“This is where I wanted to be, and this is where I am.”
Brian Schaab feels lucky to be a part of Pine Tree Society’s Communication Pathways team.
“Two years ago, I met Linda Bonnar-Ivery and knew Pine Tree Society was where I wanted to work once I became a speech-language pathologist.”
Linda is the director of Pine Tree Society’s Communication Pathways program and knows first-hand how committed you have to be to earn a speech-language pathologist certification.
“Becoming a speech-language pathologist is a pretty big goal. It takes six years of school and a minimum of nine months of full-time supervision before you can be affiliated with the American Speech and Hearing Association and earn your certification to become a full-fledged speech-language pathologist.”
Brian is Pine Tree Society’s newest speech-language pathologist, but he’s no stranger to the team. After completing his master’s degree, he completed two years of clinical fellowship training at Pine Tree Society.
Before discovering speech-language pathology was his life’s passion, he set out to be a high school English teacher.
“I studied linguistics and language and became fascinated with how complex language is and how humans are wired to use it.”
That naturally developed into a fascination with communication in general and, in graduate school, he focused on language and literacy disorders.
“Brian has a love for literacy which gives him a unique perspective on communication. The field of speech-language pathology covers a lot of areas and reading comprehension is an important piece.”
The desire to share what he knows and help people communicate is what drew him to this line of work.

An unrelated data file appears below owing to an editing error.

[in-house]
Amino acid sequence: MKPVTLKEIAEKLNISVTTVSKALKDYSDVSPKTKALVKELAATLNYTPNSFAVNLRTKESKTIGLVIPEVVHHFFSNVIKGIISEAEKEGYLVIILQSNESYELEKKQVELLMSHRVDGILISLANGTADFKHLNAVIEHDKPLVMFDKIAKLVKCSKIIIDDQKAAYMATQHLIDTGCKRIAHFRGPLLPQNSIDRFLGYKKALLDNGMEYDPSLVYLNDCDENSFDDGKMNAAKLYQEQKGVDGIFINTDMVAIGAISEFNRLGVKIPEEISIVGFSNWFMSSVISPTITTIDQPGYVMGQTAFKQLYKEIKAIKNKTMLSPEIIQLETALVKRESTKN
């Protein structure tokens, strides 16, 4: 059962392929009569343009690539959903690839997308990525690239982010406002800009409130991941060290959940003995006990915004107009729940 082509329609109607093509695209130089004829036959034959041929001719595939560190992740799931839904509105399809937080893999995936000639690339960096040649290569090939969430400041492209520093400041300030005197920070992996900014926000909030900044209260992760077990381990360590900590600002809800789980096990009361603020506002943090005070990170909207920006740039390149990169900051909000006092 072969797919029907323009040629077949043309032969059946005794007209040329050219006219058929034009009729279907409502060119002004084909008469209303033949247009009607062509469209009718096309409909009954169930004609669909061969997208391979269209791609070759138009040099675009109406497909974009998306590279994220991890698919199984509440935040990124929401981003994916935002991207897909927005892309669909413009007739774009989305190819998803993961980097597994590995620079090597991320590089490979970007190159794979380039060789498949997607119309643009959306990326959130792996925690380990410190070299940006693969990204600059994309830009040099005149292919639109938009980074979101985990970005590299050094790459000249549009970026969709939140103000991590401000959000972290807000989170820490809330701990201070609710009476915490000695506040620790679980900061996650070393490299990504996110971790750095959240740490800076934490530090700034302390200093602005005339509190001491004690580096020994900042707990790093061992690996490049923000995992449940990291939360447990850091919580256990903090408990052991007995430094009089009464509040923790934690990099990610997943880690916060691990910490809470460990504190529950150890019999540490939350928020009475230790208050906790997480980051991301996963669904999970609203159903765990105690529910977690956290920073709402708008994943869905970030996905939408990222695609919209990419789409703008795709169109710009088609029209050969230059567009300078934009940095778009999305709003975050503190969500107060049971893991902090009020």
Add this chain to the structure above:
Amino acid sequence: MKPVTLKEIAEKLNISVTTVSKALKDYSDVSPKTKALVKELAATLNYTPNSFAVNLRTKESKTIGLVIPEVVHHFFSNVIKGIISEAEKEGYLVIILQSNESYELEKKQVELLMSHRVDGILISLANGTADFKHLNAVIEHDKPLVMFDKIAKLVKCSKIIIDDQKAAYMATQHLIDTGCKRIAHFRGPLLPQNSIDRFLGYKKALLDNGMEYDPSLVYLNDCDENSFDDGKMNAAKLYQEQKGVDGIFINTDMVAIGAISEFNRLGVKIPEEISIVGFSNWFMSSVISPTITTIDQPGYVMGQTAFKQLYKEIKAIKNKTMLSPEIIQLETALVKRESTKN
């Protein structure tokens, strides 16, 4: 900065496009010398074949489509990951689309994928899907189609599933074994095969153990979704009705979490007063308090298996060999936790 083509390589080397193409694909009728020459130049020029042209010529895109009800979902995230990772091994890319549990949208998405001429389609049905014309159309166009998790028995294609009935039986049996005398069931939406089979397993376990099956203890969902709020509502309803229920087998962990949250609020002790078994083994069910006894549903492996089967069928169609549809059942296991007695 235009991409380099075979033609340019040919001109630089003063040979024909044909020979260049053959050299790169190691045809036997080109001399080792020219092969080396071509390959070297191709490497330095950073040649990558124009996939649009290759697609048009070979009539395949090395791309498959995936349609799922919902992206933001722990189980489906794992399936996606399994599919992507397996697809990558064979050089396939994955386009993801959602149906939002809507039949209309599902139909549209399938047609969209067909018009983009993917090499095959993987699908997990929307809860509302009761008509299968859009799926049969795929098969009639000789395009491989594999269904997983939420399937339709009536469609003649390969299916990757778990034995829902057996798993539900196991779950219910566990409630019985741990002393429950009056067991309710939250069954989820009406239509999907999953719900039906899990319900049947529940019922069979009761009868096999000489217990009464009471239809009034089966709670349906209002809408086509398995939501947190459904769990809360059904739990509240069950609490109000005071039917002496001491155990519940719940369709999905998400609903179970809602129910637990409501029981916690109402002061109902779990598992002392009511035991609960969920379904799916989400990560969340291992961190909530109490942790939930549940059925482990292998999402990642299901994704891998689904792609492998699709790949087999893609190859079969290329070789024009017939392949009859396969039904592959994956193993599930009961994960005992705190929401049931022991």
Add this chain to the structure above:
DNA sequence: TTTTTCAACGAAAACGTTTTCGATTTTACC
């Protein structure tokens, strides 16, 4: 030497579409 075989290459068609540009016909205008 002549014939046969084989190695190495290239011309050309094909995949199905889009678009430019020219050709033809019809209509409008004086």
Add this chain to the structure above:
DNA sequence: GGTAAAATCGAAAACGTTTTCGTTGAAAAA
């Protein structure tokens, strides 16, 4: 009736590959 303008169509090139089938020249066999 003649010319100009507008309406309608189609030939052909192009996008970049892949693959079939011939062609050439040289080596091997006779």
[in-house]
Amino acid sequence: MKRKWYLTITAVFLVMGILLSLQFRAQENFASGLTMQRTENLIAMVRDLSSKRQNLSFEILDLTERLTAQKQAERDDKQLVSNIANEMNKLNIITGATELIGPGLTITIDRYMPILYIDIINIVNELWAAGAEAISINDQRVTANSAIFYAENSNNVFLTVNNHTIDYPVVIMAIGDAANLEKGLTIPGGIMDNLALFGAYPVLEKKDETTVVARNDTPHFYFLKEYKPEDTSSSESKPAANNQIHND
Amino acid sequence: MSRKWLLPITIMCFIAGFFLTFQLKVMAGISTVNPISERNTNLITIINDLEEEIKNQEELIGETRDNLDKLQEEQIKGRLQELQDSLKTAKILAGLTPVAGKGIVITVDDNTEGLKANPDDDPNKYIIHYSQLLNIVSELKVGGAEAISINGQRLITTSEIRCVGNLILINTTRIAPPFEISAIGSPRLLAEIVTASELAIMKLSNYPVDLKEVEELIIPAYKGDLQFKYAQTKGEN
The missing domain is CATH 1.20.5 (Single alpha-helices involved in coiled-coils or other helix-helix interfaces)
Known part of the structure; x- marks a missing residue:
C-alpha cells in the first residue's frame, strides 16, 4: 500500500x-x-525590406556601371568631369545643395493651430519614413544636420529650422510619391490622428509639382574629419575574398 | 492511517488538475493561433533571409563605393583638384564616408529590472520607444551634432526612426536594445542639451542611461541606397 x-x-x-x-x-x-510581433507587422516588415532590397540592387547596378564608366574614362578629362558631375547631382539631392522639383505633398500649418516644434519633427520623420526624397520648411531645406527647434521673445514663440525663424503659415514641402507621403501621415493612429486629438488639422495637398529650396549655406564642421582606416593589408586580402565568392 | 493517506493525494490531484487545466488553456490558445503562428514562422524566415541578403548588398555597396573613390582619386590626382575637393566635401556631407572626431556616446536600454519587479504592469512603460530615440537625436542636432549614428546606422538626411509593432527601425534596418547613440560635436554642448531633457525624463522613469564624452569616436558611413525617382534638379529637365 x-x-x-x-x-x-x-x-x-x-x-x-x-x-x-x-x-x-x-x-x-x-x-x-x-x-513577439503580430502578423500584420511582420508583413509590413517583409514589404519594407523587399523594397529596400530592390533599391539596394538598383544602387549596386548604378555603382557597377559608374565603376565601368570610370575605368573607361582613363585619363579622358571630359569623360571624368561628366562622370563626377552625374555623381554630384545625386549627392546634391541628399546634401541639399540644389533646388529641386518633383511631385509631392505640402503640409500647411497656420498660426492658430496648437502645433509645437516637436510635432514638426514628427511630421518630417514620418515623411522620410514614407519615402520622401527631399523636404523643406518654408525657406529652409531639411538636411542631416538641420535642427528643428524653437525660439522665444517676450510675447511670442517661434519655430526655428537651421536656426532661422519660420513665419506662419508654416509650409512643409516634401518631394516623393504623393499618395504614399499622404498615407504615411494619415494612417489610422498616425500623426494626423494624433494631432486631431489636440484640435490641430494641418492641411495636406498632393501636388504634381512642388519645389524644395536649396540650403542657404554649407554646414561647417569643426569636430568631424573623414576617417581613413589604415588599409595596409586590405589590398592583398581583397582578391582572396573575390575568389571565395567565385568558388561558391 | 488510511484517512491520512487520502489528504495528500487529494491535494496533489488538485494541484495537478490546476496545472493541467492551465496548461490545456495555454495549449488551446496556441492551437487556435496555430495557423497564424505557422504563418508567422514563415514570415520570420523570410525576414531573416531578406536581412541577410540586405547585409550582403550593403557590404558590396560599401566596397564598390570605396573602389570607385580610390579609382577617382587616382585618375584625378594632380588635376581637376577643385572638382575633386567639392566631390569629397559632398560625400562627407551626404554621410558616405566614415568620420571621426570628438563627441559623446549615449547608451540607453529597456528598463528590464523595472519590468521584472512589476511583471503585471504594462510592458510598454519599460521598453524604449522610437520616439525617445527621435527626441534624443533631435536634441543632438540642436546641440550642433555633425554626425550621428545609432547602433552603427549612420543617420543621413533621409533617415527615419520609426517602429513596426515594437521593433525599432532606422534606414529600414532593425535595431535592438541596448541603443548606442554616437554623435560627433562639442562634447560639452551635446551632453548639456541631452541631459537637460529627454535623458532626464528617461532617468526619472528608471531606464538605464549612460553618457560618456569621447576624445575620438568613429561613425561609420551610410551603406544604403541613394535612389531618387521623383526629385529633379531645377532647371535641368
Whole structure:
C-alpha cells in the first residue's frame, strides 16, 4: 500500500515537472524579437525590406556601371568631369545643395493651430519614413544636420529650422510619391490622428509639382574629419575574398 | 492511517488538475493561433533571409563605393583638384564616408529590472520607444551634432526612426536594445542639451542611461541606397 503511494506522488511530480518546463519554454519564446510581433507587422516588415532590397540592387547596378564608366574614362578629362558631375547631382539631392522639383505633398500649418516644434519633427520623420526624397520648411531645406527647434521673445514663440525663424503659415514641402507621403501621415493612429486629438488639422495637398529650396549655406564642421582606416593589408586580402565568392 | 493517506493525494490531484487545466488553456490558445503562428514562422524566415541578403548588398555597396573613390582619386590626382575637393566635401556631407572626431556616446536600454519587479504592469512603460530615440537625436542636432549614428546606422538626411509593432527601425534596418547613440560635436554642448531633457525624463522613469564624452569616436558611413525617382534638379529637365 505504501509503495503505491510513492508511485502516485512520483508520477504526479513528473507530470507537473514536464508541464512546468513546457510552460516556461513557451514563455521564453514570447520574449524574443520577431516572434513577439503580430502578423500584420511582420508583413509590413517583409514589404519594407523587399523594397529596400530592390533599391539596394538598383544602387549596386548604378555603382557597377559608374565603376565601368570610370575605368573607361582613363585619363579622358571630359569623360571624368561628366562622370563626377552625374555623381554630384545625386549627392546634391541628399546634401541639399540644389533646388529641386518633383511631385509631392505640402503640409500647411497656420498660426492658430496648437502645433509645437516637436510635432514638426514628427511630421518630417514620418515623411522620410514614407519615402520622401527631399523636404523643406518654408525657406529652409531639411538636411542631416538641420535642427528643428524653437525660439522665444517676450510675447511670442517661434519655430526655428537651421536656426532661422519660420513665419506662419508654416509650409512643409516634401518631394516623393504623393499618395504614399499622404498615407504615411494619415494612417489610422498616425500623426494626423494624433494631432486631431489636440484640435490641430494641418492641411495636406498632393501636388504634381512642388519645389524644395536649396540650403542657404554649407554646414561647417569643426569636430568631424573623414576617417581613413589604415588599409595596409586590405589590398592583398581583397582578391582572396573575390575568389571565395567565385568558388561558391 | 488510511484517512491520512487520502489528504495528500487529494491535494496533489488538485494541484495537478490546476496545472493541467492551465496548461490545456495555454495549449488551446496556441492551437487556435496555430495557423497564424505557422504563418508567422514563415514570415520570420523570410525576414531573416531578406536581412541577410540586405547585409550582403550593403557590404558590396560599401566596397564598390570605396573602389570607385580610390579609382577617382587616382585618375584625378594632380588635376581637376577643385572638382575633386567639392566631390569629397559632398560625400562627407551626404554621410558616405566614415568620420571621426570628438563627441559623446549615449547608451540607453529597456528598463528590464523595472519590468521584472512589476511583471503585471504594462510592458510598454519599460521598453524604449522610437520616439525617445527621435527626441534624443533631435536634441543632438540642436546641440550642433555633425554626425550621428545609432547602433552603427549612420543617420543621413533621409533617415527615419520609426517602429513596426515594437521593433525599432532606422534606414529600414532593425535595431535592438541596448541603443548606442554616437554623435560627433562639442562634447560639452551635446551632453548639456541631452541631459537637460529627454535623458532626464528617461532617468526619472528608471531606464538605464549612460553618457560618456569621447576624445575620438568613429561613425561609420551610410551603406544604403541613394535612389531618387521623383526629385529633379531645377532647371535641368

To be successful as a speech language pathologist you need to have a true passion to make difference and the innate desire to help someone build their communication skills.
You also need patience.
“When someone can’t talk or communicate, it’s frustrating for everyone and you need to be able to discover what the barrier is and figure out how to help the person get over that barrier,” explains Linda.
The goal is to help each person learn to communicate in as efficient and effective a way as they possibly can. That can include non-verbal communication.
“For example, if a child is not going to talk, they might need an augmentive device or another way to communicate. Our job is to help each individual child communicate in as efficient and effective a way as they can.”
The non-verbal population is not who Brian initially set out to work with. But he soon found it to be his calling.
“Once I started it, I loved it.”
Being open to new experiences is one of Brian’s many strengths and he loves working with people with all different communication styles.
“I feel lucky to be a part of Pine Tree Society’s Communication Pathways team. I think they are the very best team in the world.”